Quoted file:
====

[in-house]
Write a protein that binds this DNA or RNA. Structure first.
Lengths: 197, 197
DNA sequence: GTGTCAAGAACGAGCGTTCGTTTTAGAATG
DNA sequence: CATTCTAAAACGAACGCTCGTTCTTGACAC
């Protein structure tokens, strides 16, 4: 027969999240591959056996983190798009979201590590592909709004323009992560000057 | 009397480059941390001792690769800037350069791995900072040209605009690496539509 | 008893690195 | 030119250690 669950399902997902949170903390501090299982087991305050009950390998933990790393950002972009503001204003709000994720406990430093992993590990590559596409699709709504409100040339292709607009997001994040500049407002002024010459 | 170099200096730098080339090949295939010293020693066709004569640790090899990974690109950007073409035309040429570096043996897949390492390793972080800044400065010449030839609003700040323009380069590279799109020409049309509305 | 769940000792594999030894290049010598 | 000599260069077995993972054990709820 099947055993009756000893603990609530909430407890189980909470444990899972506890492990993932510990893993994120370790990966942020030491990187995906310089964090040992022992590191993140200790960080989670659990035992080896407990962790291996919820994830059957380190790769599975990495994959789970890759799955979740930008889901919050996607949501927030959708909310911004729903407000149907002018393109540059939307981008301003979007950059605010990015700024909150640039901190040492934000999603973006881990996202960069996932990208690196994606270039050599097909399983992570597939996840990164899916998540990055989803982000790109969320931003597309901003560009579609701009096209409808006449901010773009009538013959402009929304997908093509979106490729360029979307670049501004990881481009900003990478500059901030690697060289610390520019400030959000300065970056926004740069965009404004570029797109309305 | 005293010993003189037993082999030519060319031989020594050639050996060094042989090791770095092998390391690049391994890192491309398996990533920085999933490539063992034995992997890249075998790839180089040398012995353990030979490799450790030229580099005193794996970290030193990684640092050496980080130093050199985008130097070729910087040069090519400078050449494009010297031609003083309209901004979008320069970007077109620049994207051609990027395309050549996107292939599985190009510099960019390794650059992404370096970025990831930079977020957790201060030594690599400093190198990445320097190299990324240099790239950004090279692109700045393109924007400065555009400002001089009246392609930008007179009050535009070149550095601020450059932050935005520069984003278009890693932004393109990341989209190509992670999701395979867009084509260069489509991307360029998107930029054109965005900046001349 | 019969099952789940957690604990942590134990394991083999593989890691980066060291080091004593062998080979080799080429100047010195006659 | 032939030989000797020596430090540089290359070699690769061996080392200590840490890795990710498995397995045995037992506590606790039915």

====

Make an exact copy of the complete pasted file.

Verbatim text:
[in-house]
Write a protein that binds this DNA or RNA. Structure first.
Lengths: 197, 197
DNA sequence: GTGTCAAGAACGAGCGTTCGTTTTAGAATG
DNA sequence: CATTCTAAAACGAACGCTCGTTCTTGACAC
């Protein structure tokens, strides 16, 4: 027969999240591959056996983190798009979201590590592909709004323009992560000057 | 009397480059941390001792690769800037350069791995900072040209605009690496539509 | 008893690195 | 030119250690 669950399902997902949170903390501090299982087991305050009950390998933990790393950002972009503001204003709000994720406990430093992993590990590559596409699709709504409100040339292709607009997001994040500049407002002024010459 | 170099200096730098080339090949295939010293020693066709004569640790090899990974690109950007073409035309040429570096043996897949390492390793972080800044400065010449030839609003700040323009380069590279799109020409049309509305 | 769940000792594999030894290049010598 | 000599260069077995993972054990709820 099947055993009756000893603990609530909430407890189980909470444990899972506890492990993932510990893993994120370790990966942020030491990187995906310089964090040992022992590191993140200790960080989670659990035992080896407990962790291996919820994830059957380190790769599975990495994959789970890759799955979740930008889901919050996607949501927030959708909310911004729903407000149907002018393109540059939307981008301003979007950059605010990015700024909150640039901190040492934000999603973006881990996202960069996932990208690196994606270039050599097909399983992570597939996840990164899916998540990055989803982000790109969320931003597309901003560009579609701009096209409808006449901010773009009538013959402009929304997908093509979106490729360029979307670049501004990881481009900003990478500059901030690697060289610390520019400030959000300065970056926004740069965009404004570029797109309305 | 005293010993003189037993082999030519060319031989020594050639050996060094042989090791770095092998390391690049391994890192491309398996990533920085999933490539063992034995992997890249075998790839180089040398012995353990030979490799450790030229580099005193794996970290030193990684640092050496980080130093050199985008130097070729910087040069090519400078050449494009010297031609003083309209901004979008320069970007077109620049994207051609990027395309050549996107292939599985190009510099960019390794650059992404370096970025990831930079977020957790201060030594690599400093190198990445320097190299990324240099790239950004090279692109700045393109924007400065555009400002001089009246392609930008007179009050535009070149550095601020450059932050935005520069984003278009890693932004393109990341989209190509992670999701395979867009084509260069489509991307360029998107930029054109965005900046001349 | 019969099952789940957690604990942590134990394991083999593989890691980066060291080091004593062998080979080799080429100047010195006659 | 032939030989000797020596430090540089290359070699690769061996080392200590840490890795990710498995397995045995037992506590606790039915």